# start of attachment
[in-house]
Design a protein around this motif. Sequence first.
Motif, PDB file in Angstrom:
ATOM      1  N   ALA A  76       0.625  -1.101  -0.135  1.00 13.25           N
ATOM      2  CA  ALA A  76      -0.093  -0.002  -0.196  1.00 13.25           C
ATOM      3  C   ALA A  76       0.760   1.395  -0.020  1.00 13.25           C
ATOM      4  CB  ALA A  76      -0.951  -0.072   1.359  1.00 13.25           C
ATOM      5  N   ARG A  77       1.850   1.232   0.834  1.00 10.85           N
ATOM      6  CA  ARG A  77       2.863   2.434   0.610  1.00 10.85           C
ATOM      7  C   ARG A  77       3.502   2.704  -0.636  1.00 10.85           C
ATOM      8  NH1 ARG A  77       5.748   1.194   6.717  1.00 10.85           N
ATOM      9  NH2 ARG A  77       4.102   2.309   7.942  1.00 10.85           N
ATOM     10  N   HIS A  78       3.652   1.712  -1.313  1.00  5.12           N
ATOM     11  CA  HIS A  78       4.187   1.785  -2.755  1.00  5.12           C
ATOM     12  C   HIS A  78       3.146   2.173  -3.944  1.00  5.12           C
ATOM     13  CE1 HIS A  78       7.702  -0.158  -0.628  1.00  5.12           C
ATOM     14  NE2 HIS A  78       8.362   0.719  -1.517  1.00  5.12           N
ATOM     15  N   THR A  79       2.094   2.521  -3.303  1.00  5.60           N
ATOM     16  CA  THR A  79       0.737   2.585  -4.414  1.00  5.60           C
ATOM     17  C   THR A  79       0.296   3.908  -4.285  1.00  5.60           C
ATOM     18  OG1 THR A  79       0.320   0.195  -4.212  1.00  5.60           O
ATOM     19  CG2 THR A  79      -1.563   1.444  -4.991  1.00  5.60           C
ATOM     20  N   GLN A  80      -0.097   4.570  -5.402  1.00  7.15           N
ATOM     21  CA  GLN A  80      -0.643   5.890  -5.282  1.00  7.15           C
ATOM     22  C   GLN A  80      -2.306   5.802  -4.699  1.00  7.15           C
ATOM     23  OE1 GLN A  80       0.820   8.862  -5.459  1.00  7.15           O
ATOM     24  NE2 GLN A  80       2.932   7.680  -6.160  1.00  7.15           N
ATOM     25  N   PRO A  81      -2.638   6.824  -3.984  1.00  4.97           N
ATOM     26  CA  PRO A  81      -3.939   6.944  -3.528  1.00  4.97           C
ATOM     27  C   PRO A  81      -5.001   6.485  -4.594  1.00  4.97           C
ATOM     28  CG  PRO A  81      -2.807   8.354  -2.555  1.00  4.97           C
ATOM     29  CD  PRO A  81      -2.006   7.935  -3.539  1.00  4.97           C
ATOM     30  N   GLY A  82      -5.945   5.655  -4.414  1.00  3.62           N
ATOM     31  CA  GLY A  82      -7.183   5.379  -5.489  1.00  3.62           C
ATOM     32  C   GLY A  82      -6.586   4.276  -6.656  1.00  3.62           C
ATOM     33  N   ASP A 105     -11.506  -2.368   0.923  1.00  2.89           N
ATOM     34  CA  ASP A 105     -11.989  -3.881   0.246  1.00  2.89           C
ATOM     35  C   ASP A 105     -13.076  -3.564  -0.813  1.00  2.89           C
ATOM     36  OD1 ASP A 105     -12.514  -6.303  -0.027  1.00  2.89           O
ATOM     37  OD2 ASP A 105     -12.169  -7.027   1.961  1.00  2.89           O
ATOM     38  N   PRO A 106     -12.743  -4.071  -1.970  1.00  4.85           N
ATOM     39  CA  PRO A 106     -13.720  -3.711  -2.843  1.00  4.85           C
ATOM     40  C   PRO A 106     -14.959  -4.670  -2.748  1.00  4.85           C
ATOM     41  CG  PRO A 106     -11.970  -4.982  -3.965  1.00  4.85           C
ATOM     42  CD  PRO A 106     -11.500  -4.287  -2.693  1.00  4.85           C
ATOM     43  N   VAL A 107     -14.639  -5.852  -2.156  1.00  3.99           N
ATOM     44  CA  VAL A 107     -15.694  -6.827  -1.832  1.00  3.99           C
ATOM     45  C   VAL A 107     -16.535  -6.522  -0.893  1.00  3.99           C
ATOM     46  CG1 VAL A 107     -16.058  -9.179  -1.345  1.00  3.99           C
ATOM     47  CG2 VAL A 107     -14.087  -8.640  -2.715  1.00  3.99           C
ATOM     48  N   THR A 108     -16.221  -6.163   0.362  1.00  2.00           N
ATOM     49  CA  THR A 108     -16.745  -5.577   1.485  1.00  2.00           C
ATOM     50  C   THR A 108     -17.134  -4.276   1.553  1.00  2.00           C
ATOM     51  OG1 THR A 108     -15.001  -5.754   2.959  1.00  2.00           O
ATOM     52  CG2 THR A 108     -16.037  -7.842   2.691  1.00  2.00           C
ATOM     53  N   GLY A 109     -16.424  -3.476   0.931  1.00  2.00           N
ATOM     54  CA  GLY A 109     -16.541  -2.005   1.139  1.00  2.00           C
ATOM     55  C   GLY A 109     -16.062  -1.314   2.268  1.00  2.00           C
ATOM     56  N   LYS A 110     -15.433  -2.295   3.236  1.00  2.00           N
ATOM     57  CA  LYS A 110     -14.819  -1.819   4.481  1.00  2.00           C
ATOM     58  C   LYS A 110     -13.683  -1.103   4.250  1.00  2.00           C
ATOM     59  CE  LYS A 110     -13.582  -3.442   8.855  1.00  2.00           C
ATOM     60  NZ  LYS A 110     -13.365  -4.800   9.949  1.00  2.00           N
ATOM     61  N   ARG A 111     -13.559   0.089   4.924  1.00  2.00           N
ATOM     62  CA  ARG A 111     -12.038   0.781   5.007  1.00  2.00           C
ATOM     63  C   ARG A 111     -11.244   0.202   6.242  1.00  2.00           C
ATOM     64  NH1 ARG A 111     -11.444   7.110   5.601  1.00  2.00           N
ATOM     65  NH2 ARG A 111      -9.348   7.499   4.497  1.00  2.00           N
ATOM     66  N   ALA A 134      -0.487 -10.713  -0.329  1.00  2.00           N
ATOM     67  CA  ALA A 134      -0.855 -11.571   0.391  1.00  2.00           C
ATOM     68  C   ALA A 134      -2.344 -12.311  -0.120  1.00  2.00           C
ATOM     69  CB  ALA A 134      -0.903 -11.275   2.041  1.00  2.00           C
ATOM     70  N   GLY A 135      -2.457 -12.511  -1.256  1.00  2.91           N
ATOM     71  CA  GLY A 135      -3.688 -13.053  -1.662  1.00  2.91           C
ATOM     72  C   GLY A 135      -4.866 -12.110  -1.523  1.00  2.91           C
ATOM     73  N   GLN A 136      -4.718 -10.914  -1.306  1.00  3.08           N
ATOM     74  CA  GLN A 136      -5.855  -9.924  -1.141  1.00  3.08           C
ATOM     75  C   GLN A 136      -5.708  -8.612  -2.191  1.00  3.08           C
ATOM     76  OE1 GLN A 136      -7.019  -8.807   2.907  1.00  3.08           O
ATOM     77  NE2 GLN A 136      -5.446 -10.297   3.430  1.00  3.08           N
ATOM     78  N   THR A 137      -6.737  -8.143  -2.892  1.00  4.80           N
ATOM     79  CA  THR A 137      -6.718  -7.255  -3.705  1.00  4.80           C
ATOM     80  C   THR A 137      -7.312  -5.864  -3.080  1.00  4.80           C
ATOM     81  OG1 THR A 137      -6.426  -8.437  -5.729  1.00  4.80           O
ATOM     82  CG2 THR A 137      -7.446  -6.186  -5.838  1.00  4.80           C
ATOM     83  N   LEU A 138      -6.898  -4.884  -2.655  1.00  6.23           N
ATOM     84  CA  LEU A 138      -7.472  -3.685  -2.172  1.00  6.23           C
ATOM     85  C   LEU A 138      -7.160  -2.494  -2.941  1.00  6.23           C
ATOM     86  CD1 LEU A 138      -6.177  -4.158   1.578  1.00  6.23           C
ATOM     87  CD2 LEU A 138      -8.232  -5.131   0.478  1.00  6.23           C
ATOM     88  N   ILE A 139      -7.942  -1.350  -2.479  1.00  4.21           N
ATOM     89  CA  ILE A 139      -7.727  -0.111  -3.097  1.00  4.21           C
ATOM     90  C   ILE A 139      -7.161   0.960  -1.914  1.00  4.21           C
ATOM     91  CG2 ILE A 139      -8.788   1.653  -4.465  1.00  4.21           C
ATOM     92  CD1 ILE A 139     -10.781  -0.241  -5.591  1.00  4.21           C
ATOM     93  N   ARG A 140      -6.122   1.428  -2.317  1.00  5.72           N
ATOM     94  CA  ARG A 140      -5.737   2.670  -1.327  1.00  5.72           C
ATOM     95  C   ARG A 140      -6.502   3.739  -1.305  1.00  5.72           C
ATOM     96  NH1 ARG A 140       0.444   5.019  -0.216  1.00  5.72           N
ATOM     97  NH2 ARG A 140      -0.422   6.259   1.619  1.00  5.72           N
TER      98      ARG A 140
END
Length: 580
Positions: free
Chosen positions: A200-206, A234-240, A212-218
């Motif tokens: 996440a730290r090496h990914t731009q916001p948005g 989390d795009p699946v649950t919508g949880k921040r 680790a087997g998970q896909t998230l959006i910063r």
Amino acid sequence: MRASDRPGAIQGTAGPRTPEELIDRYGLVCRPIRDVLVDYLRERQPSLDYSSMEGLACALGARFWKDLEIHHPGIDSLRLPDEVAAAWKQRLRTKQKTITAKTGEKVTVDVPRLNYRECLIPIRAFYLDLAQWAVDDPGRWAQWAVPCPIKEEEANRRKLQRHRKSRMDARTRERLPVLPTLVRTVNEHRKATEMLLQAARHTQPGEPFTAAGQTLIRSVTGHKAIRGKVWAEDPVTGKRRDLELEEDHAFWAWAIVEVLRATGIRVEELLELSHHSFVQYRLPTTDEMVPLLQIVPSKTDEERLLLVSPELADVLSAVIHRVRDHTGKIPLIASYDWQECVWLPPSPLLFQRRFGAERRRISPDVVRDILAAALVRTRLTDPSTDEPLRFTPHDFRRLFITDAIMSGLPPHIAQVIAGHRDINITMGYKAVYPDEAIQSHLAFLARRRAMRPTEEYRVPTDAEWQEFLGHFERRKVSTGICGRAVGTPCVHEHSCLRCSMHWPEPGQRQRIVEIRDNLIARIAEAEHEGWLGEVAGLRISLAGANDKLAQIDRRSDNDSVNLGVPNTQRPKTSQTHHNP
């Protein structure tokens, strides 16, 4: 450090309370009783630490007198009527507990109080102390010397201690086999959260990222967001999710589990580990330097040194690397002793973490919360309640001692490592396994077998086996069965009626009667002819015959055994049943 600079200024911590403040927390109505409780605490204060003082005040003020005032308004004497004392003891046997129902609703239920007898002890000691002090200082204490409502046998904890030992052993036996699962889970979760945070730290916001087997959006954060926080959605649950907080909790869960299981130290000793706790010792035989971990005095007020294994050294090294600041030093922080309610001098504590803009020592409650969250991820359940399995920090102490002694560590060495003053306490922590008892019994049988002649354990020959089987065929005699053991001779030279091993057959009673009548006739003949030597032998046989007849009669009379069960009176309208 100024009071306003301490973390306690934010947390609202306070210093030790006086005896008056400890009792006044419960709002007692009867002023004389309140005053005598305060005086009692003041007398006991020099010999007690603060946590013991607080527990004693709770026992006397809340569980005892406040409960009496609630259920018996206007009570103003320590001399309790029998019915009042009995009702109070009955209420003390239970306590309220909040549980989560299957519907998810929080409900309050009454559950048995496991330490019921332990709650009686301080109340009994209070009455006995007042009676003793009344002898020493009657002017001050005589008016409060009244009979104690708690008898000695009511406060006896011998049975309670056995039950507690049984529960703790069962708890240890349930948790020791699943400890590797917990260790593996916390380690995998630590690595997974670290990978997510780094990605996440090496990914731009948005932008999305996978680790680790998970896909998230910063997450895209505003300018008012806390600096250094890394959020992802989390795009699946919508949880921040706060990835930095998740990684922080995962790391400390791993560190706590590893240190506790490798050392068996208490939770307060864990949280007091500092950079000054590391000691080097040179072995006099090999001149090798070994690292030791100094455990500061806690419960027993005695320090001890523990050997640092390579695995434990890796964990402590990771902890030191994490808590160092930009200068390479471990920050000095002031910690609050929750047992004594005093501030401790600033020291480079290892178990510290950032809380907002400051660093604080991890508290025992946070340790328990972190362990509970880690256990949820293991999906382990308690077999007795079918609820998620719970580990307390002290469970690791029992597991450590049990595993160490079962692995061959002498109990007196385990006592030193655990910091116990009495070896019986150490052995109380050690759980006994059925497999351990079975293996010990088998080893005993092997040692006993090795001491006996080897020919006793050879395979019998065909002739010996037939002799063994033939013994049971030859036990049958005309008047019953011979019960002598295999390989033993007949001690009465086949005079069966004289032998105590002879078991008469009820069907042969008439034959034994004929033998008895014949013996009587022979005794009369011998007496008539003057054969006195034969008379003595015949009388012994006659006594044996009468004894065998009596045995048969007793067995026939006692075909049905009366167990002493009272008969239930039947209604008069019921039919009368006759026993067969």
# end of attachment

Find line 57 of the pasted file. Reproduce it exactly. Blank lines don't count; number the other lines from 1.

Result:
ATOM     54  CA  GLY A 109     -16.541  -2.005   1.139  1.00  2.00           C